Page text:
# Use Fixed-Points
To compute decimals, there are two options. One is fixed-point and
the other is floating-point. Instead of explaining, I'll give you
examples.
Ex) $123.45
Fixed: 12345 cents
Float: $(1.2345 * 10^2)
Ex) $123.45 + $67.89
Fixed: 12345 cents + 6789 cents
Float: $(1.2345 * 10^2) + $(6.789 * 10^1)
Ex) 123.45 * 67.89
Fixed: (12345 * 6789 / 100) cents
Float: (1.2345 * 6.789) * 10^(2+1)
You might already understand why floating-point sucks. It's comple
x. Because of that, it's also slow and more error-prone. You have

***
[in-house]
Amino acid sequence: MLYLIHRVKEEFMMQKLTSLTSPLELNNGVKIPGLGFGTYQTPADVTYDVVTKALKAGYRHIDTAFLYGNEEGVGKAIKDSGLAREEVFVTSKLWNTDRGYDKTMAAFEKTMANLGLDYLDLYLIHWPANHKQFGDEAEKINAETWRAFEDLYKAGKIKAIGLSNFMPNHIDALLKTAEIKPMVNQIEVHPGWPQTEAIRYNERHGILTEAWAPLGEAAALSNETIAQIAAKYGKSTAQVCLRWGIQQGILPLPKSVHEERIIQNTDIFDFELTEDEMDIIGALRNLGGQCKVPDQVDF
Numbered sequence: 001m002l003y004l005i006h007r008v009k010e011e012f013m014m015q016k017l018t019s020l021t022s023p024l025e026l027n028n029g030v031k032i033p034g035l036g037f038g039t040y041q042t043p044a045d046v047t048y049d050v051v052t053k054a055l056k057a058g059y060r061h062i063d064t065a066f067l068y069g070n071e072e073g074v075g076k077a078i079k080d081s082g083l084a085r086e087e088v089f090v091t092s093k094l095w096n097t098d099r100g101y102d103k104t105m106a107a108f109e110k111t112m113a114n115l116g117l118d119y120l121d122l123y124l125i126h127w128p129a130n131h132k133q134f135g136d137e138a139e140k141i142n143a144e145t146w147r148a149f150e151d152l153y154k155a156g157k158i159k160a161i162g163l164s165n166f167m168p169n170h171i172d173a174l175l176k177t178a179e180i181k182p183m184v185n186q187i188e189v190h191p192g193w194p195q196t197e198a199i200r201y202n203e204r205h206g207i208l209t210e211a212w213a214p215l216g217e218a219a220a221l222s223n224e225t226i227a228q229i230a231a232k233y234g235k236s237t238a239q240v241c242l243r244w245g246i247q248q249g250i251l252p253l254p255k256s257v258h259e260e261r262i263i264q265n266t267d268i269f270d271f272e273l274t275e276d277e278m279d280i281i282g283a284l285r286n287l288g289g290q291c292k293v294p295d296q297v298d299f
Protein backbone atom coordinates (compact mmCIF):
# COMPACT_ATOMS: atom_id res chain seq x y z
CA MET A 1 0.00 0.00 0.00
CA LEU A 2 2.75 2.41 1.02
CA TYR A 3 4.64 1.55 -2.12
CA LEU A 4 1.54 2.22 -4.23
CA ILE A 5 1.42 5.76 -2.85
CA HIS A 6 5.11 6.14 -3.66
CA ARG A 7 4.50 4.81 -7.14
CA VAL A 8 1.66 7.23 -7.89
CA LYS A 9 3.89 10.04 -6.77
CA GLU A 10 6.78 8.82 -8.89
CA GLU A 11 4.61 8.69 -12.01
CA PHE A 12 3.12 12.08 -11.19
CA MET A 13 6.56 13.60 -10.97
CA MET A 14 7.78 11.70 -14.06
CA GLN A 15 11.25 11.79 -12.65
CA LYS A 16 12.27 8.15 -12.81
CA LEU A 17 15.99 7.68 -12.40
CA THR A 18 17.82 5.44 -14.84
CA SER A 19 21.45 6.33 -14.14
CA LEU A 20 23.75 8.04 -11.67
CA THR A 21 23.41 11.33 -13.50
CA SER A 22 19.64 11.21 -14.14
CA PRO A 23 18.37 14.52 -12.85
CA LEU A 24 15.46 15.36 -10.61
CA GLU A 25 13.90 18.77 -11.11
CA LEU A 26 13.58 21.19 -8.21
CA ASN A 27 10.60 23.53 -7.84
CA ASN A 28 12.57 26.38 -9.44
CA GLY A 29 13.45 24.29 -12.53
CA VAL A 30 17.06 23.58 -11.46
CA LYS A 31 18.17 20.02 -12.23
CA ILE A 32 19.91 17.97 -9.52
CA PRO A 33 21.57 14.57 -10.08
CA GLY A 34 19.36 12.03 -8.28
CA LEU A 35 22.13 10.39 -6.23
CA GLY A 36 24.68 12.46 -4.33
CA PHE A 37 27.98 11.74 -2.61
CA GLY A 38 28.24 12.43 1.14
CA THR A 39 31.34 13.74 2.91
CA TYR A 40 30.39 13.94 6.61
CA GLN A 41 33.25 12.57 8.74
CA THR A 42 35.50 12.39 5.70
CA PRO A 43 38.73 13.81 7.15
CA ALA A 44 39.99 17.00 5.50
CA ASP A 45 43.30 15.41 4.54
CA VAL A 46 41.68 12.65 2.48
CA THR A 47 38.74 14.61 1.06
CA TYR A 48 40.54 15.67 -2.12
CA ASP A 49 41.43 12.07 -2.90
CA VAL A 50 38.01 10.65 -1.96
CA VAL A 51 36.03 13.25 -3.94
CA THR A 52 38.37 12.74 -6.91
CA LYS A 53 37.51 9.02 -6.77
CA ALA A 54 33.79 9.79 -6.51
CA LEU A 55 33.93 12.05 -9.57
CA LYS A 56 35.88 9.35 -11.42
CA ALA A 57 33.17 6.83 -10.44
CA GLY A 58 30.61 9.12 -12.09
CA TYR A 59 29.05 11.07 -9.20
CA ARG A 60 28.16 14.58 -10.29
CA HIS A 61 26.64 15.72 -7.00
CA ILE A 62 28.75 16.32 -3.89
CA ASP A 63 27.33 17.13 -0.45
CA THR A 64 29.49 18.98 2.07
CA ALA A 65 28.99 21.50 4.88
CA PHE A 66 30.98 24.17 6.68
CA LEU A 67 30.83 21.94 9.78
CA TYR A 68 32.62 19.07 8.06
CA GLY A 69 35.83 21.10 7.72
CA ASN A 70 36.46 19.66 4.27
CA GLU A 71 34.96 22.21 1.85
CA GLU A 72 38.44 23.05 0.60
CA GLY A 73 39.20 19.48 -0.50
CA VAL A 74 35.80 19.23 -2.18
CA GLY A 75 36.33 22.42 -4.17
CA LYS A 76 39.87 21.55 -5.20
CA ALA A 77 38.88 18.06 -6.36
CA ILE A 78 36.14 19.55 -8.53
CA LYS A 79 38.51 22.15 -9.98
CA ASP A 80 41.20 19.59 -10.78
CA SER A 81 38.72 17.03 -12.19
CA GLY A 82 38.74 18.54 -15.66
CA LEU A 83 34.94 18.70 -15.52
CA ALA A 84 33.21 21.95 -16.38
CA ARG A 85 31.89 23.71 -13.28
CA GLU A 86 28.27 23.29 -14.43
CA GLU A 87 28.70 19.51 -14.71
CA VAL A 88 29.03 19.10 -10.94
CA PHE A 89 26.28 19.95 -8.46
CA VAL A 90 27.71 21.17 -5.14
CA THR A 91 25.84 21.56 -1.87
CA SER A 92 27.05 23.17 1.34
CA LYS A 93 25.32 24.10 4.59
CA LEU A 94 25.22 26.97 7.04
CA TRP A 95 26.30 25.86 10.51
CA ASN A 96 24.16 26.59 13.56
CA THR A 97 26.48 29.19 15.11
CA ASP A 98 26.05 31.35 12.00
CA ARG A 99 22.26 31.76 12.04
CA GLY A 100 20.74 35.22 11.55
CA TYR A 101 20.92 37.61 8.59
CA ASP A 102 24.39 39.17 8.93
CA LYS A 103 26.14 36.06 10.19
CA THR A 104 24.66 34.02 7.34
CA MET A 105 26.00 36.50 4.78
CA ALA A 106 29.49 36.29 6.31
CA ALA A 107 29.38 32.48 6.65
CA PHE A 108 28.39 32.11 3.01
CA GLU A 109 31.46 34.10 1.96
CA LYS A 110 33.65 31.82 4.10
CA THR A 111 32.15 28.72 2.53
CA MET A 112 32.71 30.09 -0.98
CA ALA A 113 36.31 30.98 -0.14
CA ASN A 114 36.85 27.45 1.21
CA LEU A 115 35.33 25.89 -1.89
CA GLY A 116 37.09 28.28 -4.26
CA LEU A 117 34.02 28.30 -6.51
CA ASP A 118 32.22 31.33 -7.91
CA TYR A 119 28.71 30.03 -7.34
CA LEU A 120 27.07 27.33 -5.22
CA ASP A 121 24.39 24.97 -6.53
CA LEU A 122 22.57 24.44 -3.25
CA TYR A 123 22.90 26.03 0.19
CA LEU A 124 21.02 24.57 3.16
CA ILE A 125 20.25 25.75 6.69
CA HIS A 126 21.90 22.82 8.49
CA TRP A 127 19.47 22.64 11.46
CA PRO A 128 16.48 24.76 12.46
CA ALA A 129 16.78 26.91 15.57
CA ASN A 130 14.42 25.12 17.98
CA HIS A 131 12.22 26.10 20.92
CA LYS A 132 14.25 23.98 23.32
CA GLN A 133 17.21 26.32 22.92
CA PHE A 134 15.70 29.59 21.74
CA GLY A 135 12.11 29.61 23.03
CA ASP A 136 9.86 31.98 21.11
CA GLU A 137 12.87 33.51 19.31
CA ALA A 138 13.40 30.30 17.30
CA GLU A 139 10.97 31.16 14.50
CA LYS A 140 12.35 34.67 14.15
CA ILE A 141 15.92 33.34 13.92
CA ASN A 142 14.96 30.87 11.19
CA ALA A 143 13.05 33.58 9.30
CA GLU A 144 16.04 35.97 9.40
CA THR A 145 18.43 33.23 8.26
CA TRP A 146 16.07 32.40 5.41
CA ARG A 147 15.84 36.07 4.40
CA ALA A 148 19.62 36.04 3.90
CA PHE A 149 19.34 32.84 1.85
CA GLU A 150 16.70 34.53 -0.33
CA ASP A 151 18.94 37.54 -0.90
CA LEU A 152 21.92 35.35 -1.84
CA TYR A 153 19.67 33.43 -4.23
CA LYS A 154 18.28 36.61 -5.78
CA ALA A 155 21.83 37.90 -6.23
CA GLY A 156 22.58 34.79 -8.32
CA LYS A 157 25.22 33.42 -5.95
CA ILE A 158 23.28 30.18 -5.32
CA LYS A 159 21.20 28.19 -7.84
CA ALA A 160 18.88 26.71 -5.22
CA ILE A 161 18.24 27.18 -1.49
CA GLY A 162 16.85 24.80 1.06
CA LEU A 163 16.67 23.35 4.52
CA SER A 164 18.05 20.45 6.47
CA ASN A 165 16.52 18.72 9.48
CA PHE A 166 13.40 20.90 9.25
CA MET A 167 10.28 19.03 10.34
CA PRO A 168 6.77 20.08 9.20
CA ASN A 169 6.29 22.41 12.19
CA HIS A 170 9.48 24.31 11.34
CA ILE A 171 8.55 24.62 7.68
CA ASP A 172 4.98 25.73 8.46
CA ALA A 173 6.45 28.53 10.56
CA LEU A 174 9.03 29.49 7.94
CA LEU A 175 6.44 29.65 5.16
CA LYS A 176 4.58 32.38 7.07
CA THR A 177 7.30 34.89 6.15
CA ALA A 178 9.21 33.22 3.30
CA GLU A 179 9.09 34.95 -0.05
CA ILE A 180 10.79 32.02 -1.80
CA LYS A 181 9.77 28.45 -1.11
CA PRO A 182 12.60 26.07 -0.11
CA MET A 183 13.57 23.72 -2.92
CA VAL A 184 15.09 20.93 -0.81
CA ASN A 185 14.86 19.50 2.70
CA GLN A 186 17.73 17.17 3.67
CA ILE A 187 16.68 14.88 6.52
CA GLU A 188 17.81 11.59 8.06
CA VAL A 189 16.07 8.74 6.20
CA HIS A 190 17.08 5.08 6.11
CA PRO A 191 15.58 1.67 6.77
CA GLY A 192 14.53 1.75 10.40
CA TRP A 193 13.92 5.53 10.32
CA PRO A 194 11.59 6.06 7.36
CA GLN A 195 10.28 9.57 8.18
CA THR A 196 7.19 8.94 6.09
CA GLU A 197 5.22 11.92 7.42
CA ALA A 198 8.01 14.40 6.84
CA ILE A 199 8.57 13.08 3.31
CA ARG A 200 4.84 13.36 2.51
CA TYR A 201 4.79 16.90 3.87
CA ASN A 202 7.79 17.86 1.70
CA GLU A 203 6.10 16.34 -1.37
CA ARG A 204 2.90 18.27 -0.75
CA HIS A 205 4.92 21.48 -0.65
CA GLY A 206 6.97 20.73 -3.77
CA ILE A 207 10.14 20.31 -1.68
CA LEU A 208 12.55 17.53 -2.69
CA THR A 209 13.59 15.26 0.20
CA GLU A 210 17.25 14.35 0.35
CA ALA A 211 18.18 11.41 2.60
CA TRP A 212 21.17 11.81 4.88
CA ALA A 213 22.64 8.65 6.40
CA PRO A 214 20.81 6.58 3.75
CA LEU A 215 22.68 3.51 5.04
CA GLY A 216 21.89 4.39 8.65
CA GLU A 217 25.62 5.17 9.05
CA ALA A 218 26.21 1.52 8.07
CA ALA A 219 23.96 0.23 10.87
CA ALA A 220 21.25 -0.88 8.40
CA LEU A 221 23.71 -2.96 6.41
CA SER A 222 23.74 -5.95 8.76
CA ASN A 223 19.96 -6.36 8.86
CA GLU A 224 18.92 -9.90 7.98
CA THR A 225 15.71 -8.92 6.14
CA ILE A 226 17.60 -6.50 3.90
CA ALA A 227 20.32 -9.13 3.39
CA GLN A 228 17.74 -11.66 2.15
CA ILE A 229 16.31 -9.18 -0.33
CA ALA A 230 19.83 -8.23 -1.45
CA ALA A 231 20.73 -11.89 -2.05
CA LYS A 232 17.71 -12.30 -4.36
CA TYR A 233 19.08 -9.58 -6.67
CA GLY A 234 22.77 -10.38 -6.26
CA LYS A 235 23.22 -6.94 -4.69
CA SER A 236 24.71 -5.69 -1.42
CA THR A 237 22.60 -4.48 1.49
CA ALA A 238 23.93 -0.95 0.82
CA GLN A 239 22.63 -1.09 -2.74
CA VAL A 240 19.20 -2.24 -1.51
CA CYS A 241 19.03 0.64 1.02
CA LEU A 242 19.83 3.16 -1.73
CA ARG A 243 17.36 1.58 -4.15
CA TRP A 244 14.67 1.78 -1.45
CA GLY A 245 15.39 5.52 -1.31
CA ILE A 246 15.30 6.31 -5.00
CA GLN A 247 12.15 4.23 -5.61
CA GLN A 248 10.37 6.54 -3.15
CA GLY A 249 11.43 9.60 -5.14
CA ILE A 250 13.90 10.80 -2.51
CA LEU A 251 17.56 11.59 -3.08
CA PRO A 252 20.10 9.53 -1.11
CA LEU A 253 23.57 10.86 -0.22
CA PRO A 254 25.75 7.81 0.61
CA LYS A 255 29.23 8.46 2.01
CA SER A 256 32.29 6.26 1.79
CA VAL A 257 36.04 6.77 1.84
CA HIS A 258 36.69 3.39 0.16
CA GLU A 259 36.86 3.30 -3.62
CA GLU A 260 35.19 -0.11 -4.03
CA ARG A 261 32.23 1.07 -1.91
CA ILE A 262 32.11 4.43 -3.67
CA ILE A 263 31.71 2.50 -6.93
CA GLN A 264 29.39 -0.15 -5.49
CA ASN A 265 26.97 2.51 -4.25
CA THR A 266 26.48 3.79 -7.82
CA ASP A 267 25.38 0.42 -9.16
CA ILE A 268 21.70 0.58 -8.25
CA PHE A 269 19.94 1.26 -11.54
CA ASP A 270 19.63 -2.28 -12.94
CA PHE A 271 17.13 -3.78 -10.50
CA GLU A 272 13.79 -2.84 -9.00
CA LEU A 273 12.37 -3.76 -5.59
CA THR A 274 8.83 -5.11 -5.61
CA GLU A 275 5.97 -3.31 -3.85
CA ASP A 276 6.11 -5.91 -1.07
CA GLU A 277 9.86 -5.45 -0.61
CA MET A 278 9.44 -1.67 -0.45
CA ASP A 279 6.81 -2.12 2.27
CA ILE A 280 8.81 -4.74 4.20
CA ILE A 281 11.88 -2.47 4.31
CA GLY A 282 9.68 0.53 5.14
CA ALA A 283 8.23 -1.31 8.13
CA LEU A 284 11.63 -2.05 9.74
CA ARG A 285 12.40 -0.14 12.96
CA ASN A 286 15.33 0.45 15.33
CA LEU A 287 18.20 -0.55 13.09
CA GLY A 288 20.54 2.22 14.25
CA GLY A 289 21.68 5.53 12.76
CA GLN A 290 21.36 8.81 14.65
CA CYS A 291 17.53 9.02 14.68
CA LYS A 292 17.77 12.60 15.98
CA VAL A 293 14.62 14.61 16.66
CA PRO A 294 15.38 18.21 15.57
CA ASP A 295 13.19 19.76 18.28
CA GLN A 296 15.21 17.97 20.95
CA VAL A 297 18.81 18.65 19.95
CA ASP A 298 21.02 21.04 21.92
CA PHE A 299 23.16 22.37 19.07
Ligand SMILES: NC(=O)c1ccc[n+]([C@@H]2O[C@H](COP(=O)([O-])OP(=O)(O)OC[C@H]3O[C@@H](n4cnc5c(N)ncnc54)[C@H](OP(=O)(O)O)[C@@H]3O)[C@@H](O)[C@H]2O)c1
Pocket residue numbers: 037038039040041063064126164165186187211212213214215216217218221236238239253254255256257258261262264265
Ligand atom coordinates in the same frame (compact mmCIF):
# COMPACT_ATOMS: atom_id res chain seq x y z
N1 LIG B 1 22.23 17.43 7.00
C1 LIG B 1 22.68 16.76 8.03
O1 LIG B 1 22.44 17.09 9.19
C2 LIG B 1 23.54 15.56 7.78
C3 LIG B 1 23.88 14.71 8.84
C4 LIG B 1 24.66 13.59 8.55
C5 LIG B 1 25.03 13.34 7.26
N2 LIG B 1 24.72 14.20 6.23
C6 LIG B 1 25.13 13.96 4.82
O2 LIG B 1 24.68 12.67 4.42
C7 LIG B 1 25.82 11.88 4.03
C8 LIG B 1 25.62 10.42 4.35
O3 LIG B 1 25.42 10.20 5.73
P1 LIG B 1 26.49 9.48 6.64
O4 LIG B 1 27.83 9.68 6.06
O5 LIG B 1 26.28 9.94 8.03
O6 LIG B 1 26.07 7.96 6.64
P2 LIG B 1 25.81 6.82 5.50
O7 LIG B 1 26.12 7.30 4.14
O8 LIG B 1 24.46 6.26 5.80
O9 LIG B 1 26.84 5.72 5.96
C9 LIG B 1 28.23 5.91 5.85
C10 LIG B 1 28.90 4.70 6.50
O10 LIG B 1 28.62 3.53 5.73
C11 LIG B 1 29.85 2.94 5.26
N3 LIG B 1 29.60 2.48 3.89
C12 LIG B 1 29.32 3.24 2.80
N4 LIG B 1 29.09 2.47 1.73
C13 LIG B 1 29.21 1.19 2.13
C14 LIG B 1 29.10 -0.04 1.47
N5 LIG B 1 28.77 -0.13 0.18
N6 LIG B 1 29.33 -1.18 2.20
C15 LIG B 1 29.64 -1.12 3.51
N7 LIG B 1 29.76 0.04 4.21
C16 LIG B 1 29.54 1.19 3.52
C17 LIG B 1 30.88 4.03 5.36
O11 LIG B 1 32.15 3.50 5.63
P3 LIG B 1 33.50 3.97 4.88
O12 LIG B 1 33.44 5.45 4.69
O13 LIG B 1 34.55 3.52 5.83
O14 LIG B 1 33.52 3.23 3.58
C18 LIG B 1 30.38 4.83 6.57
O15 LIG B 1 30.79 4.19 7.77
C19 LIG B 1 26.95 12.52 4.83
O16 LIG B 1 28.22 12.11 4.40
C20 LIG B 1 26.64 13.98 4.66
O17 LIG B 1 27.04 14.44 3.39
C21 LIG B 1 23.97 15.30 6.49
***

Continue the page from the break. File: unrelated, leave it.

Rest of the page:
to use float type instead of integer. So use fixed points whenever
you can.
Here's an example code. I rewrote 'FixedPointAdd()' function in Te
mpleOS for UNIX.
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#include
#define SCALE 0x100000000
typedef long int I64;
typedef double F64;
typedef void U0;
U0 main()
{
// (32 bit) + (32 bit) = (Integer) + (Fraction)
I64 a = 1.5 * SCALE;
I64 b = 3.8 * SCALE;
I64 sum = a + b;
printf("Fixed point calculation: %.2f \n",
sum / (F64)SCALE );
}
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; run add.c
Fixed point calculation: 5.30
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'run' means 'tcc -run'.